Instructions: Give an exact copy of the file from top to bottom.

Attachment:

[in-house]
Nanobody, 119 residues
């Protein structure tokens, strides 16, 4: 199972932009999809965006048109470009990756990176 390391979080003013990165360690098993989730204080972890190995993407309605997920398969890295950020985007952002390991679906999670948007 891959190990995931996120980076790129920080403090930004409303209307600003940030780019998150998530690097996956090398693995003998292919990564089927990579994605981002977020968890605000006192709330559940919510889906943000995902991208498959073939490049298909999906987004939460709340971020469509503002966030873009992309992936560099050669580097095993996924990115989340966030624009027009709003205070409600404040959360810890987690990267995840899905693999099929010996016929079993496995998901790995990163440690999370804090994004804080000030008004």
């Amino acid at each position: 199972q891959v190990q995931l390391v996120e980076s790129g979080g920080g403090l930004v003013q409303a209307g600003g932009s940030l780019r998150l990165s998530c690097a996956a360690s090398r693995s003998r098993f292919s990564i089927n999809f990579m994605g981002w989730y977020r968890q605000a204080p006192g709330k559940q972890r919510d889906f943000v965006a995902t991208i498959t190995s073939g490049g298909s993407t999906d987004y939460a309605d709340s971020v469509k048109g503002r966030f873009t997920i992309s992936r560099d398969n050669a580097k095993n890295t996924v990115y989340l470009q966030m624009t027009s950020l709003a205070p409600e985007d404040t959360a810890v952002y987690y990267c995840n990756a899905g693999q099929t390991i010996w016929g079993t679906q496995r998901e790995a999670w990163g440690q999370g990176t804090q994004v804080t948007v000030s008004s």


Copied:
[in-house]
Nanobody, 119 residues
């Protein structure tokens, strides 16, 4: 199972932009999809965006048109470009990756990176 390391979080003013990165360690098993989730204080972890190995993407309605997920398969890295950020985007952002390991679906999670948007 891959190990995931996120980076790129920080403090930004409303209307600003940030780019998150998530690097996956090398693995003998292919990564089927990579994605981002977020968890605000006192709330559940919510889906943000995902991208498959073939490049298909999906987004939460709340971020469509503002966030873009992309992936560099050669580097095993996924990115989340966030624009027009709003205070409600404040959360810890987690990267995840899905693999099929010996016929079993496995998901790995990163440690999370804090994004804080000030008004």
């Amino acid at each position: 199972q891959v190990q995931l390391v996120e980076s790129g979080g920080g403090l930004v003013q409303a209307g600003g932009s940030l780019r998150l990165s998530c690097a996956a360690s090398r693995s003998r098993f292919s990564i089927n999809f990579m994605g981002w989730y977020r968890q605000a204080p006192g709330k559940q972890r919510d889906f943000v965006a995902t991208i498959t190995s073939g490049g298909s993407t999906d987004y939460a309605d709340s971020v469509k048109g503002r966030f873009t997920i992309s992936r560099d398969n050669a580097k095993n890295t996924v990115y989340l470009q966030m624009t027009s950020l709003a205070p409600e985007d404040t959360a810890v952002y987690y990267c995840n990756a899905g693999q099929t390991i010996w016929g079993t679906q496995r998901e790995a999670w990163g440690q999370g990176t804090q994004v804080t948007v000030s008004s």